This massive transformation is at the very heart of all questions on employment. There will obviously be a negative long-term impact on jobs, for four reasons:

The first factor is that even if we want to agree with Alfred Sauvy, adjustment of the labor market will take a long time.
All business sectors will be affected. We will not be able to get around sectors that are not affected by these innovations. When we refer to the Luddites in England or the Canuts in France, we are talking about a specific business sector and the issue of its production methods, but digital transformation is now the buzzword on everyone’s lips across all business sectors, so moving from one sector to another is not necessarily the answer that it was in the past.

This is only the start of all these trends, and companies are only just beginning to fully roll out a real digital approach.
For example, banks in France are just now beginning to adopt real digital strategies. A recent report by McKinsey confirms this situation and suggests that spectacular transformation lies ahead: perhaps just like the last ten years or at an even faster pace (the smartphone is only 10 years old, how did we manage before?). Transformation is going to continue, and so the world of tomorrow does not exist yet. This means that if we want to follow Sauvy’s logic, it will take years or even decades to strike a new balance. Historians 500 years from now might tell us as much, but it will be too late for us by then.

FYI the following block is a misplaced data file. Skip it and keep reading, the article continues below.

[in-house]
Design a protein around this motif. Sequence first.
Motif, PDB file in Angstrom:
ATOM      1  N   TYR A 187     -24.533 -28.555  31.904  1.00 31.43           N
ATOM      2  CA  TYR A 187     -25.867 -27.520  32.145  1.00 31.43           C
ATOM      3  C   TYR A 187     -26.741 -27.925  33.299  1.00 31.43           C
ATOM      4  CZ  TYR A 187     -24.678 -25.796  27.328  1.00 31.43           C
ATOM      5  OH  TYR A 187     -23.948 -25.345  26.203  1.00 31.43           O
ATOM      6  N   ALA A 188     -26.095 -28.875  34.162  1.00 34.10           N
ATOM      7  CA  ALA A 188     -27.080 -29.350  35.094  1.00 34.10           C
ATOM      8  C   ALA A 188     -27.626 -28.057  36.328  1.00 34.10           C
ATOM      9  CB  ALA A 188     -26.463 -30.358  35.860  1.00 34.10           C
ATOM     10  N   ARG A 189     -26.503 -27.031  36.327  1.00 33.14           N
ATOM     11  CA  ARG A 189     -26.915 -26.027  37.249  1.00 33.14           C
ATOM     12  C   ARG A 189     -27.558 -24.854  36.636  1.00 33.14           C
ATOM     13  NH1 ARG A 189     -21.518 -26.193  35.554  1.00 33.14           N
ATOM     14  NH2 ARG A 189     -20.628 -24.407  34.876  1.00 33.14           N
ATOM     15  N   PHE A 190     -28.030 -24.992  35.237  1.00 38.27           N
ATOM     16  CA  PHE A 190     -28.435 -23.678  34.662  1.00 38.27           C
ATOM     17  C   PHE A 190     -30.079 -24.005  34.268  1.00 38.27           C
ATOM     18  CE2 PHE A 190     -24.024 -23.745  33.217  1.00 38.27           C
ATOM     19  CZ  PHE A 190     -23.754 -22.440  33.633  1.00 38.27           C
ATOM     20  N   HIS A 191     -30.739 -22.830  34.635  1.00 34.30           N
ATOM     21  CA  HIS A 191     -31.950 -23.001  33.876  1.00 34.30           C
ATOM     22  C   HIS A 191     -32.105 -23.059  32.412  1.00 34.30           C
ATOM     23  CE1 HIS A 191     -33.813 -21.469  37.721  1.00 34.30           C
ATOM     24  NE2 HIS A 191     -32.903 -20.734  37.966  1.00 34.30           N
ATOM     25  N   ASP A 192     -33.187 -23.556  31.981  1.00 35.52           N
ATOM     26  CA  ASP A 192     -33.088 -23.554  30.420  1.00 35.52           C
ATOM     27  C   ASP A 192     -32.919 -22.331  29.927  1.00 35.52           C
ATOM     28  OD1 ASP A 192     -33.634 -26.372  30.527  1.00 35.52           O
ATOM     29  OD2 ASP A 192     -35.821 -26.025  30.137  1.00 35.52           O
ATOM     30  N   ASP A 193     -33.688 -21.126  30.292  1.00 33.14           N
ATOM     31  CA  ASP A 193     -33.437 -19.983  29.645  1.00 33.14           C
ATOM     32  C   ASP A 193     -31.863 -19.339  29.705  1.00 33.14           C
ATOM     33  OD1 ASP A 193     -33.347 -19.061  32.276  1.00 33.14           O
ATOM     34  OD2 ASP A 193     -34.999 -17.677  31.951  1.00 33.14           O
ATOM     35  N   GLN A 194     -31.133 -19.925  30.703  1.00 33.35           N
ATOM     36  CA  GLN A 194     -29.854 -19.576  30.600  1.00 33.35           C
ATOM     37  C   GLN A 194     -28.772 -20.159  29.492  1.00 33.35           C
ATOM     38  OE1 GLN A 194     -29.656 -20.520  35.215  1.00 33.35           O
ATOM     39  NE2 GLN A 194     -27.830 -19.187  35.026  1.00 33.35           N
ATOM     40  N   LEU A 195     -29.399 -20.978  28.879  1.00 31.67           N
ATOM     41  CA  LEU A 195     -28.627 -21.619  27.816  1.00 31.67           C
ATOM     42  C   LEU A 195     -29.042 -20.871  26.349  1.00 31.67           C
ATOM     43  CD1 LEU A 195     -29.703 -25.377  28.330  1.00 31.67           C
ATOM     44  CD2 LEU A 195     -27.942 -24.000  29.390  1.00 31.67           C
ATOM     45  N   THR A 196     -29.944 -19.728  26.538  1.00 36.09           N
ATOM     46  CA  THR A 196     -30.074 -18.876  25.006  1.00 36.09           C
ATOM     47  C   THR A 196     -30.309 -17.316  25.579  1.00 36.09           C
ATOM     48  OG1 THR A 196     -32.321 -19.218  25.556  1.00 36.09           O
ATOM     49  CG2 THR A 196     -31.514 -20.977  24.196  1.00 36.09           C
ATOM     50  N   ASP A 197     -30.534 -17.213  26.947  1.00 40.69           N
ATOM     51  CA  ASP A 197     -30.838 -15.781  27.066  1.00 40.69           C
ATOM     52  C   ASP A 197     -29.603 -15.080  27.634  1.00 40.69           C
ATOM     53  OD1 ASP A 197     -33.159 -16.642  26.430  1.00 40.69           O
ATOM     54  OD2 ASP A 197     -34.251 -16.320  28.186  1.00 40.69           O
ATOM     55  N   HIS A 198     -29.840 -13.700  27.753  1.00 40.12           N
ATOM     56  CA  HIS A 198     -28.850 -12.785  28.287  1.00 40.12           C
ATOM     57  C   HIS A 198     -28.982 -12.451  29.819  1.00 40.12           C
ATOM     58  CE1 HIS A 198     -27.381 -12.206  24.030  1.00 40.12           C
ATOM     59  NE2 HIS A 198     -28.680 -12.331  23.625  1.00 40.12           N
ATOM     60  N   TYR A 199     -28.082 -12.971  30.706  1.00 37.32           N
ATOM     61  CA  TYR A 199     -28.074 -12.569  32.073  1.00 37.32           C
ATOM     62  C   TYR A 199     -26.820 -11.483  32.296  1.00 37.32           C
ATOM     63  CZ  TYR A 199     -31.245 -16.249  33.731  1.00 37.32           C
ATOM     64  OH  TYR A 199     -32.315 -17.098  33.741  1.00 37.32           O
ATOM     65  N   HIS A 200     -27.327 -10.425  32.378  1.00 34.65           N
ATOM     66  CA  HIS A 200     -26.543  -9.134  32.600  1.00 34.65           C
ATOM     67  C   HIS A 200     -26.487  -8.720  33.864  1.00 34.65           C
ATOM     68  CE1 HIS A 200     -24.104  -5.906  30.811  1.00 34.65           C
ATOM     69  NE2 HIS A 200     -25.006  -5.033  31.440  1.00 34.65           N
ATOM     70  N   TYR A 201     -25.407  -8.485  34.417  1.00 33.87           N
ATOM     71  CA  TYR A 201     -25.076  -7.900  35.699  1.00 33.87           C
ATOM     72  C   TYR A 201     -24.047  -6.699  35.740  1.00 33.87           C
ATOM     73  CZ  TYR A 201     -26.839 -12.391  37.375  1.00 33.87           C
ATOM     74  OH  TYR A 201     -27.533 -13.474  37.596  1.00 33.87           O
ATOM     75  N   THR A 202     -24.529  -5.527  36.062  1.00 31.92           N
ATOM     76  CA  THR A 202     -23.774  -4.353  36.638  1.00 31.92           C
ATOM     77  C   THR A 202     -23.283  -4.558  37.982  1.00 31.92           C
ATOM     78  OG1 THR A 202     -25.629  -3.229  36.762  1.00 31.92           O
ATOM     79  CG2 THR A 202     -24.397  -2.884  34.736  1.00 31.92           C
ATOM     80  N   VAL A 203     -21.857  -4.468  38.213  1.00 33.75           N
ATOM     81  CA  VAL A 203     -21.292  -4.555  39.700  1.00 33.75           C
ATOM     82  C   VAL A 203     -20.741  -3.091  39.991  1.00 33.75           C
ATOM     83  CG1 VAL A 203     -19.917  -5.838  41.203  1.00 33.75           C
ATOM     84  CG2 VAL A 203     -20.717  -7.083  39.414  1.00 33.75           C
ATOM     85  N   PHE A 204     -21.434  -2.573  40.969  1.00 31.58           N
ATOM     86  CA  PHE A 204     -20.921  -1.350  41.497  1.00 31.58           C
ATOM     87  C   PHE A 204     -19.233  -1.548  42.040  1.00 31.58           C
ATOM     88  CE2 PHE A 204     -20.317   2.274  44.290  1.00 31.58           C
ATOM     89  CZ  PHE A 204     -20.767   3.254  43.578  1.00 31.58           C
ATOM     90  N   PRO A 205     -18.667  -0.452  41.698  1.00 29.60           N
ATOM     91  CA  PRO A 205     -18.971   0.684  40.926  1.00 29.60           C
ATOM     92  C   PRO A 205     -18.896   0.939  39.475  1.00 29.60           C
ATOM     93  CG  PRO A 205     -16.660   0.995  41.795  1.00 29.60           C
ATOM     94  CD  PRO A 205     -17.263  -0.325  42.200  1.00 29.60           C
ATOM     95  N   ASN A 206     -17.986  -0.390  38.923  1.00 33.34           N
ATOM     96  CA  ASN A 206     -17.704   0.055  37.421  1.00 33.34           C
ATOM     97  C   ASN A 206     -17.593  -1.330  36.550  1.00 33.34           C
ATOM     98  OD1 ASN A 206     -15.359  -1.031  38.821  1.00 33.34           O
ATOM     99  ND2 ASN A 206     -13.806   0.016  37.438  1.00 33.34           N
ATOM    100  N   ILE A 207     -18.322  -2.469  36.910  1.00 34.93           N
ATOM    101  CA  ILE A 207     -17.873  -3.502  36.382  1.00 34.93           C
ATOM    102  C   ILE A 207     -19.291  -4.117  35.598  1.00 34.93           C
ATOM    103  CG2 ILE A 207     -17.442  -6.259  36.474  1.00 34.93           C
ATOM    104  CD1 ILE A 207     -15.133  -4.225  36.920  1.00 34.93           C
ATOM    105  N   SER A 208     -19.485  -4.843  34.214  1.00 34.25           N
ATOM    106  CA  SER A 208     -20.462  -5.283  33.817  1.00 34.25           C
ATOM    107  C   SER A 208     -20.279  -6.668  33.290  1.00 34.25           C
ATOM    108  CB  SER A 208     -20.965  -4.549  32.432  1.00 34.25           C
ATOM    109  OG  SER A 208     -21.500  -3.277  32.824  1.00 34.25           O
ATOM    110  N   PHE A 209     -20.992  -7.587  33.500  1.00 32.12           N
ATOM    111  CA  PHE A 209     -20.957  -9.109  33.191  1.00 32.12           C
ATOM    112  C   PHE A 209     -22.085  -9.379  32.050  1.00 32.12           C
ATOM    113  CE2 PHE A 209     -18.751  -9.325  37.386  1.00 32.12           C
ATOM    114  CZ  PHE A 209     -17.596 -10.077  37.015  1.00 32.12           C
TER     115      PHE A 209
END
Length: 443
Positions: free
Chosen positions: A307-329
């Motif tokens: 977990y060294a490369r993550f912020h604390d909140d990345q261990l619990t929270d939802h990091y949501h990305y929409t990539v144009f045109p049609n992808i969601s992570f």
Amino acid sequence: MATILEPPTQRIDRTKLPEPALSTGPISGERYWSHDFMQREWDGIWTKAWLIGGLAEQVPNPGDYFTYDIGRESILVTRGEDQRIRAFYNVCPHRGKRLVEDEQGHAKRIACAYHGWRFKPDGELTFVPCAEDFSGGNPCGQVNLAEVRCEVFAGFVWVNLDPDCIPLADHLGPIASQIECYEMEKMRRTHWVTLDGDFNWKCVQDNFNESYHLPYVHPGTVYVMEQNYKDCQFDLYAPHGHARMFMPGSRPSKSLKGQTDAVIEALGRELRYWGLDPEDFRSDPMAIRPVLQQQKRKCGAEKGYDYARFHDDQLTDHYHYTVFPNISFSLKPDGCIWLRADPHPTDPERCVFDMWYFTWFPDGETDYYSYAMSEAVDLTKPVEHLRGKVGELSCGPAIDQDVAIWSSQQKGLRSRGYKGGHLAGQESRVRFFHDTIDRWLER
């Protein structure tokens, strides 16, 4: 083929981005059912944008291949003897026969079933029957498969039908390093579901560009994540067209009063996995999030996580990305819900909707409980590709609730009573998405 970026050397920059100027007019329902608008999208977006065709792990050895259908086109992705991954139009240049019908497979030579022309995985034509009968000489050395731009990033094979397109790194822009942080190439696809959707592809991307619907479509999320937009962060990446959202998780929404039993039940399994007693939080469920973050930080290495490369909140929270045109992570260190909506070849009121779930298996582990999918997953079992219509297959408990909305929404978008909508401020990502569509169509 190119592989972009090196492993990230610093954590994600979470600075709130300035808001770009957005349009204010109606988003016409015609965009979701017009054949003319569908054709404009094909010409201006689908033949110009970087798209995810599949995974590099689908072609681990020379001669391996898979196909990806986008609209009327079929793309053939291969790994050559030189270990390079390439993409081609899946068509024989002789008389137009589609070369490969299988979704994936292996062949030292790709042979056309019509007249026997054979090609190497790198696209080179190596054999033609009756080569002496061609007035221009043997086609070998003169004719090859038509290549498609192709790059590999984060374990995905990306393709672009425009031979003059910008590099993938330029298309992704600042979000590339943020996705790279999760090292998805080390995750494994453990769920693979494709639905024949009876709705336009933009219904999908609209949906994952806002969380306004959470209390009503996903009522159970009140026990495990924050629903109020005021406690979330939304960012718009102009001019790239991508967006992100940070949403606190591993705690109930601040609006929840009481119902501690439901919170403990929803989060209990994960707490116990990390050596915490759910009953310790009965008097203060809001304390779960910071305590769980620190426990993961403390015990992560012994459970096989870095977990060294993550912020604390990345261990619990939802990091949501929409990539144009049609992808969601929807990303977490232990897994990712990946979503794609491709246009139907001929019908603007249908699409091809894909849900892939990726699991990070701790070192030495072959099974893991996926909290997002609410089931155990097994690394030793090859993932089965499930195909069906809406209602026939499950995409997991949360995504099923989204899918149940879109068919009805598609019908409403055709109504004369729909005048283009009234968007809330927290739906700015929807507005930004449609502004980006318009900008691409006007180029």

The fourth point is the issue discussed by Richard Baldwin in his latest book (“The Great Convergence: Information Technology and the New Globalization” Harvard UP November 2016). Technological progress will lead to remote operations on a large scale, similar to our example on 3D printing but with a much vaster scope. Globalization will no longer be about cutting transportation costs, but will mean the ability to manage operations remotely via a complex digital service. This will lead to even fiercer competition of many dimensions, which means that companies will be under greater pressure to remain at the cutting edge of innovation, with the ensuing risk that jobs will be hard hit.

It is impossible to assess the end effects all this will have on jobs. Complementarity between jobs and innovation can win out and take root in the long term, but in the short term, until such times as the situation stabilizes, this machine momentum is likely to win out over human jobs.